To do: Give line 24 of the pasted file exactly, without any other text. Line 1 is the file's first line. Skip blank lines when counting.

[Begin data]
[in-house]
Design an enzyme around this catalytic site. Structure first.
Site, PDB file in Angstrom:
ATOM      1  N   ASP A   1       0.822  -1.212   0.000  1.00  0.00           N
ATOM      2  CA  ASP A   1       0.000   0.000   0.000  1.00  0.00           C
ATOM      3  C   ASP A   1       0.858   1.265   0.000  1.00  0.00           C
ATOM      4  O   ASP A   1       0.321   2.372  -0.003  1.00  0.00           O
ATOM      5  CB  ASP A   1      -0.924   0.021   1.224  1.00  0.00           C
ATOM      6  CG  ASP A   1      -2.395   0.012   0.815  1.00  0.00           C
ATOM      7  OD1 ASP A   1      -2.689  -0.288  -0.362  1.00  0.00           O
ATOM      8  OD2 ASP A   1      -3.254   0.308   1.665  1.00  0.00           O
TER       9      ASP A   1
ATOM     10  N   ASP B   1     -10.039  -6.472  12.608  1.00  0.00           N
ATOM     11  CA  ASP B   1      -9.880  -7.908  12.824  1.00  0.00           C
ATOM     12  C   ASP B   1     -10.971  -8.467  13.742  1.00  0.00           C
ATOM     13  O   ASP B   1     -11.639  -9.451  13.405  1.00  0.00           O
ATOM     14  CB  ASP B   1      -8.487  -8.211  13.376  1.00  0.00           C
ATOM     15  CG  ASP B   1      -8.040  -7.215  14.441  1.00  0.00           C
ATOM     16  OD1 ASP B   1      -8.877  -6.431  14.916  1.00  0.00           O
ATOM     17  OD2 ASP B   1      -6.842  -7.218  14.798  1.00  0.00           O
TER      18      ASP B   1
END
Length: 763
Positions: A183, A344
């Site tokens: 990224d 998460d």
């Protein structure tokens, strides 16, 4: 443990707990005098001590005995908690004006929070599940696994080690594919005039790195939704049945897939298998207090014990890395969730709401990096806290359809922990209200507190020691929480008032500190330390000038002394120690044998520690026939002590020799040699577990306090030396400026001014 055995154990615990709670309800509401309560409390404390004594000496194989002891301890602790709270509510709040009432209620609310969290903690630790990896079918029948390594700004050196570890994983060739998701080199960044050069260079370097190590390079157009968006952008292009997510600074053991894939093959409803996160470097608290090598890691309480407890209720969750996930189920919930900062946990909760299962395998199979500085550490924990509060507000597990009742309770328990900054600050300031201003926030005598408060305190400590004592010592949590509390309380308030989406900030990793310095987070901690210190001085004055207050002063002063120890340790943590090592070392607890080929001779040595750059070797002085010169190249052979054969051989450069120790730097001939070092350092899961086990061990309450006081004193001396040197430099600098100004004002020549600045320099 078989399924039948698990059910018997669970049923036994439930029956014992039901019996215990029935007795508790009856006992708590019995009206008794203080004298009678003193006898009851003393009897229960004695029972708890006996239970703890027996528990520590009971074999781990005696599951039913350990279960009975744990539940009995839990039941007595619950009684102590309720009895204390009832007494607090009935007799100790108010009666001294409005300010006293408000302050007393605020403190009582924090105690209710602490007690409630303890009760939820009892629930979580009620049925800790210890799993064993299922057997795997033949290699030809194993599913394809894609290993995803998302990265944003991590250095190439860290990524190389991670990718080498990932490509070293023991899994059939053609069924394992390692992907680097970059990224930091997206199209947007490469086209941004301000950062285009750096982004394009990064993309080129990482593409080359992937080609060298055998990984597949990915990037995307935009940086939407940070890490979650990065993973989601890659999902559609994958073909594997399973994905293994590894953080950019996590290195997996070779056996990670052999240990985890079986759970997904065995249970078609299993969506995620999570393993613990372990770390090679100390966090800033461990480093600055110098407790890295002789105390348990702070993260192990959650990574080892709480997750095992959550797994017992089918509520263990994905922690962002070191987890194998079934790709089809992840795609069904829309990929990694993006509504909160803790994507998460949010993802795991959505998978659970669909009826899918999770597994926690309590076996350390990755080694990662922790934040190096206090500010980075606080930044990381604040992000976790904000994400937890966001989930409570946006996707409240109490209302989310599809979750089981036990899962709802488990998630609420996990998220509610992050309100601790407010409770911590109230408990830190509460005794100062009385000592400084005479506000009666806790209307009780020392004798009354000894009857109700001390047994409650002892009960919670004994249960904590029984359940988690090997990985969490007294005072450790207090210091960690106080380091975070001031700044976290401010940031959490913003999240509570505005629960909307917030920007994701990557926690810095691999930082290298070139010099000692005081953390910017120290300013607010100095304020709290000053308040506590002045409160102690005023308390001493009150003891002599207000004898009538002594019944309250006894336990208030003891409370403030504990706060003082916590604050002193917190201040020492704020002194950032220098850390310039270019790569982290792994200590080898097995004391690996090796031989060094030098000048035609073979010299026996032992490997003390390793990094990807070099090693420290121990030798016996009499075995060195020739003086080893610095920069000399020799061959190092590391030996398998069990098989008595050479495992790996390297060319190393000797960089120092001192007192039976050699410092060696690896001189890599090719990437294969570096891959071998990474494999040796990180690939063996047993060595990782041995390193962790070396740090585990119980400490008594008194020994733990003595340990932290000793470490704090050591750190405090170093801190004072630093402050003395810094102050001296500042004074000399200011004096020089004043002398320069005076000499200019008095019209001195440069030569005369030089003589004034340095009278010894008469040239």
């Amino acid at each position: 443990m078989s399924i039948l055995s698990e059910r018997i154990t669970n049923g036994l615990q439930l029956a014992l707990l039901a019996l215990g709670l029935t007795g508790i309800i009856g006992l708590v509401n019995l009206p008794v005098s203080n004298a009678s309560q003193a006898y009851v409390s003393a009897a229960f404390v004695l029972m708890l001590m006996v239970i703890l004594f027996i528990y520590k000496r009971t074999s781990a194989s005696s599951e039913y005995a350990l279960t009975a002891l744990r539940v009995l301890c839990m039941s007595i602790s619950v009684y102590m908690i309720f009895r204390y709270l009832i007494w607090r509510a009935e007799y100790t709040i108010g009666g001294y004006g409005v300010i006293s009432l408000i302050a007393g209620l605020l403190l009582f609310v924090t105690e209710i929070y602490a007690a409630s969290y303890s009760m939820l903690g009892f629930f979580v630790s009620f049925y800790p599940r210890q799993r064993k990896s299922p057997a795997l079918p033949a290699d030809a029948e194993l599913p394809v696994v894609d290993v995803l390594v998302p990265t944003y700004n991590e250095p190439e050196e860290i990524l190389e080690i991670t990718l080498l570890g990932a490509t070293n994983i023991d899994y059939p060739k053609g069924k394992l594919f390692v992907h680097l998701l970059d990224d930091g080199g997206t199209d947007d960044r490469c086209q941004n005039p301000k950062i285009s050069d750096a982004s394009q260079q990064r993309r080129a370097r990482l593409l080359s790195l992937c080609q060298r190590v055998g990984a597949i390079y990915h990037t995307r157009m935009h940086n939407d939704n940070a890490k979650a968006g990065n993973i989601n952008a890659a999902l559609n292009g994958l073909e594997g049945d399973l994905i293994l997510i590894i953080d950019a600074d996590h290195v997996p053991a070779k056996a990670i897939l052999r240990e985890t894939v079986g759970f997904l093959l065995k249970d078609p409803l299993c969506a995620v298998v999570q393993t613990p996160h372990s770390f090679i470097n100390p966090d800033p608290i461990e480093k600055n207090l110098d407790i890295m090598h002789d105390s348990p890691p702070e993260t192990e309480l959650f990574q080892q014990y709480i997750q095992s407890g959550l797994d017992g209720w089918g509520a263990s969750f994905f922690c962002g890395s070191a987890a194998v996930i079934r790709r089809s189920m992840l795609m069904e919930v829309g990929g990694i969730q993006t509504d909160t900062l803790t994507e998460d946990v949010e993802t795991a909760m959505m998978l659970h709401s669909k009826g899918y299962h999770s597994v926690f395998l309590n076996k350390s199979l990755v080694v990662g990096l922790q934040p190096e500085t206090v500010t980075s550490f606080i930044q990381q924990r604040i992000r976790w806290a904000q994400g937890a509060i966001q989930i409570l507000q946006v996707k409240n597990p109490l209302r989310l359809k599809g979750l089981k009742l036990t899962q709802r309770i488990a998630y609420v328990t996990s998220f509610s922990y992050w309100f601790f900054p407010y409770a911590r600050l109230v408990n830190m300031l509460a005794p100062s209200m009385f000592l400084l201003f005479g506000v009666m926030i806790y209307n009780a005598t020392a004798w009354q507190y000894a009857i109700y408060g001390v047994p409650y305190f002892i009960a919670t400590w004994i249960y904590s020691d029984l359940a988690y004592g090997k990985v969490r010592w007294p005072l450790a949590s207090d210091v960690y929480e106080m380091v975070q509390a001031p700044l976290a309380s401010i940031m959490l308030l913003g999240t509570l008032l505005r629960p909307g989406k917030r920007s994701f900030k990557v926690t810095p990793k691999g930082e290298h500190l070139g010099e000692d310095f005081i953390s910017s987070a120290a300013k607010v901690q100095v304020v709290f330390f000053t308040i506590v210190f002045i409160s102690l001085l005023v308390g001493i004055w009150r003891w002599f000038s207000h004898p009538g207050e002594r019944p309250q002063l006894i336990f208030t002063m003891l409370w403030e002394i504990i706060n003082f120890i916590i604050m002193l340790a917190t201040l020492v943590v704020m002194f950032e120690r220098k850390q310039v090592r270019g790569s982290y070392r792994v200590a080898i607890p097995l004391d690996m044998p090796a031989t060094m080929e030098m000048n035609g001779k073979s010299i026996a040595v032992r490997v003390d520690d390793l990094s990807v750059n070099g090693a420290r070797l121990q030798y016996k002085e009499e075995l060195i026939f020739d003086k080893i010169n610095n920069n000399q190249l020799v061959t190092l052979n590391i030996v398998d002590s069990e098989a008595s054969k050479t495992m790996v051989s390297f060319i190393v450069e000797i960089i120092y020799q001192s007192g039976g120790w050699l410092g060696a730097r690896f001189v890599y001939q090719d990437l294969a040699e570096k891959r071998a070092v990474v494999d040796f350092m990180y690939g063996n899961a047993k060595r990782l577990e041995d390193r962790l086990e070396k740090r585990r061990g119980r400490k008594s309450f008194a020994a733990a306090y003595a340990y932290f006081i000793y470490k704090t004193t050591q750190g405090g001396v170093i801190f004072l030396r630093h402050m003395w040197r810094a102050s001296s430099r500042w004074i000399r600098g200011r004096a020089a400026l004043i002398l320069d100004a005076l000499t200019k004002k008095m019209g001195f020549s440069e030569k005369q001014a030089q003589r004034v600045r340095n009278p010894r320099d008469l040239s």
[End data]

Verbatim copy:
Positions: A183, A344